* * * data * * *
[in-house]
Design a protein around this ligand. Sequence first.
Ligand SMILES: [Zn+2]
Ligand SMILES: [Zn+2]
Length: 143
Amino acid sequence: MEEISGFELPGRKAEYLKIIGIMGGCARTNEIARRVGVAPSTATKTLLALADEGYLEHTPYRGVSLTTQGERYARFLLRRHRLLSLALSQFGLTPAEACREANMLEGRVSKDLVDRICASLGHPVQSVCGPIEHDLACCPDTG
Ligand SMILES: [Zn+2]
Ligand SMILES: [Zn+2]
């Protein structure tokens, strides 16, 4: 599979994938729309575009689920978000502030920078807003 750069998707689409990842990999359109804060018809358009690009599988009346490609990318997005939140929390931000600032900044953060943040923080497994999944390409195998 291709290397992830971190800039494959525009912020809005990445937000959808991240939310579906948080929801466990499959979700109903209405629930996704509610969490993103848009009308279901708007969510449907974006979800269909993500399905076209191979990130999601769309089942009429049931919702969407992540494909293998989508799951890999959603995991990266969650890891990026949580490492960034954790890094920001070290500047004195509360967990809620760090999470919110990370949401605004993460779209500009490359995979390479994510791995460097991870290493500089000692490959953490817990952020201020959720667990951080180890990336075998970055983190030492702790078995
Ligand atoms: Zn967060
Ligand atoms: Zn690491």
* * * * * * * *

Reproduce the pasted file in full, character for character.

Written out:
[in-house]
Design a protein around this ligand. Sequence first.
Ligand SMILES: [Zn+2]
Ligand SMILES: [Zn+2]
Length: 143
Amino acid sequence: MEEISGFELPGRKAEYLKIIGIMGGCARTNEIARRVGVAPSTATKTLLALADEGYLEHTPYRGVSLTTQGERYARFLLRRHRLLSLALSQFGLTPAEACREANMLEGRVSKDLVDRICASLGHPVQSVCGPIEHDLACCPDTG
Ligand SMILES: [Zn+2]
Ligand SMILES: [Zn+2]
């Protein structure tokens, strides 16, 4: 599979994938729309575009689920978000502030920078807003 750069998707689409990842990999359109804060018809358009690009599988009346490609990318997005939140929390931000600032900044953060943040923080497994999944390409195998 291709290397992830971190800039494959525009912020809005990445937000959808991240939310579906948080929801466990499959979700109903209405629930996704509610969490993103848009009308279901708007969510449907974006979800269909993500399905076209191979990130999601769309089942009429049931919702969407992540494909293998989508799951890999959603995991990266969650890891990026949580490492960034954790890094920001070290500047004195509360967990809620760090999470919110990370949401605004993460779209500009490359995979390479994510791995460097991870290493500089000692490959953490817990952020201020959720667990951080180890990336075998970055983190030492702790078995
Ligand atoms: Zn967060
Ligand atoms: Zn690491």